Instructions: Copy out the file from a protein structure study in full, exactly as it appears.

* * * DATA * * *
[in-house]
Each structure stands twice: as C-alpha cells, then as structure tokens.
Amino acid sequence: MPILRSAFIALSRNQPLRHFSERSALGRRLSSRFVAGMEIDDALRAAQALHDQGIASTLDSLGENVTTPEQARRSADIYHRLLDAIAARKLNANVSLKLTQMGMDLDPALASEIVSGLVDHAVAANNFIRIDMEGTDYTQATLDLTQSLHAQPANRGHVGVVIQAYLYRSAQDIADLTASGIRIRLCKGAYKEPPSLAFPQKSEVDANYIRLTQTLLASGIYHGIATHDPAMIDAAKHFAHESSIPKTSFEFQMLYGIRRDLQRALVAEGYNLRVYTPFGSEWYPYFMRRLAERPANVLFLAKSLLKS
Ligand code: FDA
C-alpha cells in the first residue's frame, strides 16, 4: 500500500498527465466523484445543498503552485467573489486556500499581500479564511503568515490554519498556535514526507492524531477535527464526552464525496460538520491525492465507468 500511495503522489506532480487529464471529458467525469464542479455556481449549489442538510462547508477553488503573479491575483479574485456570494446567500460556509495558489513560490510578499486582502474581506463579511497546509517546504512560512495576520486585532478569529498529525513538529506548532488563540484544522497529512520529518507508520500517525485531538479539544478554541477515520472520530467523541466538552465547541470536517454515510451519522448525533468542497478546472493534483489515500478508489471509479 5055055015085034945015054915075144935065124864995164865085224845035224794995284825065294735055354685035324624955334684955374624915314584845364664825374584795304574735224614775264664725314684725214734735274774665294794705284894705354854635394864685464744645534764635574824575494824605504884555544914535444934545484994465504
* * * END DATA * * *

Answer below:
[in-house]
Each structure stands twice: as C-alpha cells, then as structure tokens.
Amino acid sequence: MPILRSAFIALSRNQPLRHFSERSALGRRLSSRFVAGMEIDDALRAAQALHDQGIASTLDSLGENVTTPEQARRSADIYHRLLDAIAARKLNANVSLKLTQMGMDLDPALASEIVSGLVDHAVAANNFIRIDMEGTDYTQATLDLTQSLHAQPANRGHVGVVIQAYLYRSAQDIADLTASGIRIRLCKGAYKEPPSLAFPQKSEVDANYIRLTQTLLASGIYHGIATHDPAMIDAAKHFAHESSIPKTSFEFQMLYGIRRDLQRALVAEGYNLRVYTPFGSEWYPYFMRRLAERPANVLFLAKSLLKS
Ligand code: FDA
C-alpha cells in the first residue's frame, strides 16, 4: 500500500498527465466523484445543498503552485467573489486556500499581500479564511503568515490554519498556535514526507492524531477535527464526552464525496460538520491525492465507468 500511495503522489506532480487529464471529458467525469464542479455556481449549489442538510462547508477553488503573479491575483479574485456570494446567500460556509495558489513560490510578499486582502474581506463579511497546509517546504512560512495576520486585532478569529498529525513538529506548532488563540484544522497529512520529518507508520500517525485531538479539544478554541477515520472520530467523541466538552465547541470536517454515510451519522448525533468542497478546472493534483489515500478508489471509479 5055055015085034945015054915075144935065124864995164865085224845035224794995284825065294735055354685035324624955334684955374624915314584845364664825374584795304574735224614775264664725314684725214734735274774665294794705284894705354854635394864685464744645534764635574824575494824605504884555544914535444934545484994465504